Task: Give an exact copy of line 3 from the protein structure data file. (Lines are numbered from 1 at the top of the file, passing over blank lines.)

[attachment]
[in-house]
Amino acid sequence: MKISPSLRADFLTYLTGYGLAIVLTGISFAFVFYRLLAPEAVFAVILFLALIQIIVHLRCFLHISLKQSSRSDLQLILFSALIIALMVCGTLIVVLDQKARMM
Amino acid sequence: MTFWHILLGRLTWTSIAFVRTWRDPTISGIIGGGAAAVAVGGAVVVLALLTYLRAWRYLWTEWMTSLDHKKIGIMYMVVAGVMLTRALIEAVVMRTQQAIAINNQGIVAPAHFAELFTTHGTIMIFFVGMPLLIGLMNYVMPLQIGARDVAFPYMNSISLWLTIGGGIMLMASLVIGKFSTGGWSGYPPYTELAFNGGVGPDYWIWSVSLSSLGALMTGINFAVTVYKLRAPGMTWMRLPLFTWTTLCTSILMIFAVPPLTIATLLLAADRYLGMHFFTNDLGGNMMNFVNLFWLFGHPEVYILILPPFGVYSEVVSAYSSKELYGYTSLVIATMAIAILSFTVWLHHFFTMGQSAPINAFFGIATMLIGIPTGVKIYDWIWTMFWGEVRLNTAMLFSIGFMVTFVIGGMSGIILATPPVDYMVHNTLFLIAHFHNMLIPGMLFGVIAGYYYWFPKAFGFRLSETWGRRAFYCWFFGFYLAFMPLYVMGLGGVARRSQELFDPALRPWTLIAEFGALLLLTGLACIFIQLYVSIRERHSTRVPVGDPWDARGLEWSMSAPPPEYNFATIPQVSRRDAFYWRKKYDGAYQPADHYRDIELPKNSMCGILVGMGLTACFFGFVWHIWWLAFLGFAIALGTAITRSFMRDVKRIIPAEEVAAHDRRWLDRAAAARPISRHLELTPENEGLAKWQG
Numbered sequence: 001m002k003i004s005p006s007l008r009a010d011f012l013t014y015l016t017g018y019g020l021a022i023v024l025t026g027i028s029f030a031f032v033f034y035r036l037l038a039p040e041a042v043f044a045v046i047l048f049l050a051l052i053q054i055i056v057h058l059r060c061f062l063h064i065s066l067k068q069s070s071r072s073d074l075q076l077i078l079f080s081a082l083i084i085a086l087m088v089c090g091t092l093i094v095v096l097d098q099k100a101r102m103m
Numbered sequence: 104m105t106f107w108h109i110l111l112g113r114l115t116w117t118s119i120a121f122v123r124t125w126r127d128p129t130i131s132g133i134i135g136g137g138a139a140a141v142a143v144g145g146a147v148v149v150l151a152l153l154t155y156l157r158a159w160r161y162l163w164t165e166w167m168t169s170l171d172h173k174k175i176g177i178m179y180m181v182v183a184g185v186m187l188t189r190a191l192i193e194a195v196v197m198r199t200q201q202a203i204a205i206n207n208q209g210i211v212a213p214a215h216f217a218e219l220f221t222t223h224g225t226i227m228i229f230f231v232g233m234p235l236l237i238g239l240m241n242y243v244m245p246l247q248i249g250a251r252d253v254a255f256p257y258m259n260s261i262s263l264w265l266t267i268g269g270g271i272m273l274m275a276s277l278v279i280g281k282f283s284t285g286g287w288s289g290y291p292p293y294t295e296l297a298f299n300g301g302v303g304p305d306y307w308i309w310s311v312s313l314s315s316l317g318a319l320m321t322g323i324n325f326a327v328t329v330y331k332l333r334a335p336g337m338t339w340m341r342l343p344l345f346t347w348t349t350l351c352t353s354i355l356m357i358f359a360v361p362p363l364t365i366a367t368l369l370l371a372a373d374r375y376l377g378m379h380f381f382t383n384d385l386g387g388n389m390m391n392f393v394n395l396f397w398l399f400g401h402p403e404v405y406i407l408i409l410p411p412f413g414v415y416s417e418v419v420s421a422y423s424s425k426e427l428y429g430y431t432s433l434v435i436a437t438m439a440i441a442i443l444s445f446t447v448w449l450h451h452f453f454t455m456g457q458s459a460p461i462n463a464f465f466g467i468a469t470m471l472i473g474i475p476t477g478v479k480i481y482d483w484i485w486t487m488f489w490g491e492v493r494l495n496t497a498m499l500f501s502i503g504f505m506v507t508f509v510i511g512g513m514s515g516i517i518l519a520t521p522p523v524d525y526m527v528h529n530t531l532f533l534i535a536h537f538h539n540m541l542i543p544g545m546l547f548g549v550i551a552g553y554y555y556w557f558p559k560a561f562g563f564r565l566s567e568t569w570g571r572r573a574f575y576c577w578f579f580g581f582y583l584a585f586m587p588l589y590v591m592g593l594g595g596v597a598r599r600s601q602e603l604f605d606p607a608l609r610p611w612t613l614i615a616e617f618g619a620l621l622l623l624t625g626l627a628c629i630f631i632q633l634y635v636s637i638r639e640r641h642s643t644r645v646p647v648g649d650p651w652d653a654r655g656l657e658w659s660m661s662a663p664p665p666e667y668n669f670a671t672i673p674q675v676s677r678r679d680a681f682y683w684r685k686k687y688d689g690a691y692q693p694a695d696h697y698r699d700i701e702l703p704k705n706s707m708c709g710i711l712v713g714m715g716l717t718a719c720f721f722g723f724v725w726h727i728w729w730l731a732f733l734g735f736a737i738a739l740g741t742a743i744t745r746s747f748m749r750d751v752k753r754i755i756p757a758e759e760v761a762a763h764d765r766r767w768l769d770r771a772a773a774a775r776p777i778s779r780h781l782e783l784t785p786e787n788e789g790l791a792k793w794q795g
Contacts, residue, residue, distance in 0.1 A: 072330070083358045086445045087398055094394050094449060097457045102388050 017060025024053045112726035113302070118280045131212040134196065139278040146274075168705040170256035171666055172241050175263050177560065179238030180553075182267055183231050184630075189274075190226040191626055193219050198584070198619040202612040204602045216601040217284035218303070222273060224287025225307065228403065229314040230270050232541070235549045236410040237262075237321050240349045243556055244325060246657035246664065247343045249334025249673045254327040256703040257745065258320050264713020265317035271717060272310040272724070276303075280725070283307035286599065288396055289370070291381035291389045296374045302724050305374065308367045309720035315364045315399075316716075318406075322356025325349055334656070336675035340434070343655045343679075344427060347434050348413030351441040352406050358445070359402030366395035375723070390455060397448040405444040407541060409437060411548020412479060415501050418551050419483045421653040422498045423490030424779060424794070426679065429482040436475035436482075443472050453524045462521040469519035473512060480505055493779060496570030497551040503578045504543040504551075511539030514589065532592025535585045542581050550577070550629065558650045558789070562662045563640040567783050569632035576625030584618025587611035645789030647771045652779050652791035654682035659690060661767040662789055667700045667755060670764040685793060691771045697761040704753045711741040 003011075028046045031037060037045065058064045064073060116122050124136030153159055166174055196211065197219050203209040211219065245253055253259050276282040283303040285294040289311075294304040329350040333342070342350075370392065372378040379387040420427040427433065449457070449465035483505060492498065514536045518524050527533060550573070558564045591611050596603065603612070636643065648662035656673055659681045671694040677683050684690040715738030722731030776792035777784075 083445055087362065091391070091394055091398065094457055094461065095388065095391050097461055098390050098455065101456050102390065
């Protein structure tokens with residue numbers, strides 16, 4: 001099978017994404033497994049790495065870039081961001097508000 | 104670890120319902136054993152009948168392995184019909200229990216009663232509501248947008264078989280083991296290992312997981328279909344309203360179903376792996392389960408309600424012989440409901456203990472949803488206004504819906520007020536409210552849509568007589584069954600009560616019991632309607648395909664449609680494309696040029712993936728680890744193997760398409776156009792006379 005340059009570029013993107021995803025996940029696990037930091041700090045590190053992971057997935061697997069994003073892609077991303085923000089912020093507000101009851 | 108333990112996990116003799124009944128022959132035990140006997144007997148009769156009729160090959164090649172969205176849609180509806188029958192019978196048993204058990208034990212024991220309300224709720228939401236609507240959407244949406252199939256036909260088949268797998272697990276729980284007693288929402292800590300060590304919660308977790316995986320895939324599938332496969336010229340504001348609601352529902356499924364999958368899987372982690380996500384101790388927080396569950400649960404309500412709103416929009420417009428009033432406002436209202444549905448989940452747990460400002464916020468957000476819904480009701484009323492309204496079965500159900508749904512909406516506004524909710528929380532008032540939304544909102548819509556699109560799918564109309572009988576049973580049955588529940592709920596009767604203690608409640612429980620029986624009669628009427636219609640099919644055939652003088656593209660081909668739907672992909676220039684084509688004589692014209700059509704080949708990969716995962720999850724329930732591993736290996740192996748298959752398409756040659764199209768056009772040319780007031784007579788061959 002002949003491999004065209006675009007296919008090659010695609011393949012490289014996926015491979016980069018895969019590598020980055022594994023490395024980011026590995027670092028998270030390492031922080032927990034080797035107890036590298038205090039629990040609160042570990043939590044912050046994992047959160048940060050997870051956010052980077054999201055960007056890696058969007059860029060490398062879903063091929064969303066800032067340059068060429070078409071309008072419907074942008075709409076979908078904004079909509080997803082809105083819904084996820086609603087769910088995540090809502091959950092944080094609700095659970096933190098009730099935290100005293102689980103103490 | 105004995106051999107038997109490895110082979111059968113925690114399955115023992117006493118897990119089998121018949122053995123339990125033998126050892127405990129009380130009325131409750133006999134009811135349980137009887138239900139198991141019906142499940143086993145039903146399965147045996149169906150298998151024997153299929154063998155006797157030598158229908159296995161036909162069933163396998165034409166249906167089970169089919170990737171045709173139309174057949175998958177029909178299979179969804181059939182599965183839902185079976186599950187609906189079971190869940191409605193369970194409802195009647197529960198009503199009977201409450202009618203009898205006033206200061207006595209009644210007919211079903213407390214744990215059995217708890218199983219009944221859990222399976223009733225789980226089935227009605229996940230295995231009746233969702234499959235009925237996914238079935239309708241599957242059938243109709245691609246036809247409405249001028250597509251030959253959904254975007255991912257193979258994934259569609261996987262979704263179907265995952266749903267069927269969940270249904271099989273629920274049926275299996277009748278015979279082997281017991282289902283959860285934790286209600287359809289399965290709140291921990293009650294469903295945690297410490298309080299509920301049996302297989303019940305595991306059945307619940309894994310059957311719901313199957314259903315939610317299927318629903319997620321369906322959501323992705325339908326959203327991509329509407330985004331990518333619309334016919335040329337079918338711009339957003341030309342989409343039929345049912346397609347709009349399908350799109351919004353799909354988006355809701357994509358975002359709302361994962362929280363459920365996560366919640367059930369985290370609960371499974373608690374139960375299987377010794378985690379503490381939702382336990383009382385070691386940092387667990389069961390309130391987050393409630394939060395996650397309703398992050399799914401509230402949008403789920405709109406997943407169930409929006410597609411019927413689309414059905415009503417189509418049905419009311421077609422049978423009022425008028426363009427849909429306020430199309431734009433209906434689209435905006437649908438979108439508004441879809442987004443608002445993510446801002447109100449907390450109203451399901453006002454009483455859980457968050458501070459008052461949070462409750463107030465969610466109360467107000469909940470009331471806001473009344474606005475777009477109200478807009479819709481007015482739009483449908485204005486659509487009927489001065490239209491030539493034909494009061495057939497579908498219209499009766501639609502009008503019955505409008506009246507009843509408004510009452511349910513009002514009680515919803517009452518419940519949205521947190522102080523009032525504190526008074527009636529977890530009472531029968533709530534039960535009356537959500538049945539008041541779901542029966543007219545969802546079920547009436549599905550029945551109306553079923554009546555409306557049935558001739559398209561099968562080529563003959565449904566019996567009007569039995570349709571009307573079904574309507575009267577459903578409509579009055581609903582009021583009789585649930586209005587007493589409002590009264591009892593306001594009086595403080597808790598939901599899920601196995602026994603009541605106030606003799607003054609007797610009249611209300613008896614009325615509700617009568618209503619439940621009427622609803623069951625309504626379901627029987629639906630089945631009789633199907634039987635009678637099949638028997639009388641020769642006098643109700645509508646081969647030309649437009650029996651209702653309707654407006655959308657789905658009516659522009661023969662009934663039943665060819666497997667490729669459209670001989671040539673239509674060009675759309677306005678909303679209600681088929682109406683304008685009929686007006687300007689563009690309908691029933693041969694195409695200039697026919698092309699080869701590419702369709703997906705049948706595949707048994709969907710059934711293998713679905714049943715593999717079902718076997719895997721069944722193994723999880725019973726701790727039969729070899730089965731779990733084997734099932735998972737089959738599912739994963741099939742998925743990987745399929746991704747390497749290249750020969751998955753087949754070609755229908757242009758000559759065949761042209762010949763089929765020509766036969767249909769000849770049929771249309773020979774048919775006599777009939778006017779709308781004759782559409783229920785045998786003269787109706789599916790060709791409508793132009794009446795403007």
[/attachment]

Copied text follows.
Amino acid sequence: MTFWHILLGRLTWTSIAFVRTWRDPTISGIIGGGAAAVAVGGAVVVLALLTYLRAWRYLWTEWMTSLDHKKIGIMYMVVAGVMLTRALIEAVVMRTQQAIAINNQGIVAPAHFAELFTTHGTIMIFFVGMPLLIGLMNYVMPLQIGARDVAFPYMNSISLWLTIGGGIMLMASLVIGKFSTGGWSGYPPYTELAFNGGVGPDYWIWSVSLSSLGALMTGINFAVTVYKLRAPGMTWMRLPLFTWTTLCTSILMIFAVPPLTIATLLLAADRYLGMHFFTNDLGGNMMNFVNLFWLFGHPEVYILILPPFGVYSEVVSAYSSKELYGYTSLVIATMAIAILSFTVWLHHFFTMGQSAPINAFFGIATMLIGIPTGVKIYDWIWTMFWGEVRLNTAMLFSIGFMVTFVIGGMSGIILATPPVDYMVHNTLFLIAHFHNMLIPGMLFGVIAGYYYWFPKAFGFRLSETWGRRAFYCWFFGFYLAFMPLYVMGLGGVARRSQELFDPALRPWTLIAEFGALLLLTGLACIFIQLYVSIRERHSTRVPVGDPWDARGLEWSMSAPPPEYNFATIPQVSRRDAFYWRKKYDGAYQPADHYRDIELPKNSMCGILVGMGLTACFFGFVWHIWWLAFLGFAIALGTAITRSFMRDVKRIIPAEEVAAHDRRWLDRAAAARPISRHLELTPENEGLAKWQG